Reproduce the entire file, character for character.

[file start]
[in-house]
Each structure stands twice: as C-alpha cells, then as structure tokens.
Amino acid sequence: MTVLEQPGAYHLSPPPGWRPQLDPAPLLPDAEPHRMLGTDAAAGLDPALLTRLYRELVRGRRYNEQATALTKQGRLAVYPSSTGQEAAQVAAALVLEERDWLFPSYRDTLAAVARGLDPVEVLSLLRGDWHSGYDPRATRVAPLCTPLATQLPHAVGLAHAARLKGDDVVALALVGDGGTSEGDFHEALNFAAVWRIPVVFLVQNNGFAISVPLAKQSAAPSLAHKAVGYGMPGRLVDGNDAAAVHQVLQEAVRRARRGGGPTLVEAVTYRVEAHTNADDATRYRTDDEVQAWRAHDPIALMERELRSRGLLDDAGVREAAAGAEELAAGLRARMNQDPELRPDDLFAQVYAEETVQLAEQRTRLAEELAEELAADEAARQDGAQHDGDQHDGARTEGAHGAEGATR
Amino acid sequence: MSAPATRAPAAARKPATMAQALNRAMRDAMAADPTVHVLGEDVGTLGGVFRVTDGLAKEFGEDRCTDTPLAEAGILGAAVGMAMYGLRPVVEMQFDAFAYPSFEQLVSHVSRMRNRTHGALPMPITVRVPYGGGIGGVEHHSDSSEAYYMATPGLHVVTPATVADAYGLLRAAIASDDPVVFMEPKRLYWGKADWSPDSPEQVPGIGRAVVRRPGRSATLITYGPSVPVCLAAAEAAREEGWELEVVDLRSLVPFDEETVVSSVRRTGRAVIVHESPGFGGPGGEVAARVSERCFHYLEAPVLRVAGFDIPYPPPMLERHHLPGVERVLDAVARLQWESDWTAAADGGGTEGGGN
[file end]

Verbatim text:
[in-house]
Each structure stands twice: as C-alpha cells, then as structure tokens.
Amino acid sequence: MTVLEQPGAYHLSPPPGWRPQLDPAPLLPDAEPHRMLGTDAAAGLDPALLTRLYRELVRGRRYNEQATALTKQGRLAVYPSSTGQEAAQVAAALVLEERDWLFPSYRDTLAAVARGLDPVEVLSLLRGDWHSGYDPRATRVAPLCTPLATQLPHAVGLAHAARLKGDDVVALALVGDGGTSEGDFHEALNFAAVWRIPVVFLVQNNGFAISVPLAKQSAAPSLAHKAVGYGMPGRLVDGNDAAAVHQVLQEAVRRARRGGGPTLVEAVTYRVEAHTNADDATRYRTDDEVQAWRAHDPIALMERELRSRGLLDDAGVREAAAGAEELAAGLRARMNQDPELRPDDLFAQVYAEETVQLAEQRTRLAEELAEELAADEAARQDGAQHDGDQHDGARTEGAHGAEGATR
Amino acid sequence: MSAPATRAPAAARKPATMAQALNRAMRDAMAADPTVHVLGEDVGTLGGVFRVTDGLAKEFGEDRCTDTPLAEAGILGAAVGMAMYGLRPVVEMQFDAFAYPSFEQLVSHVSRMRNRTHGALPMPITVRVPYGGGIGGVEHHSDSSEAYYMATPGLHVVTPATVADAYGLLRAAIASDDPVVFMEPKRLYWGKADWSPDSPEQVPGIGRAVVRRPGRSATLITYGPSVPVCLAAAEAAREEGWELEVVDLRSLVPFDEETVVSSVRRTGRAVIVHESPGFGGPGGEVAARVSERCFHYLEAPVLRVAGFDIPYPPPMLERHHLPGVERVLDAVARLQWESDWTAAADGGGTEGGGN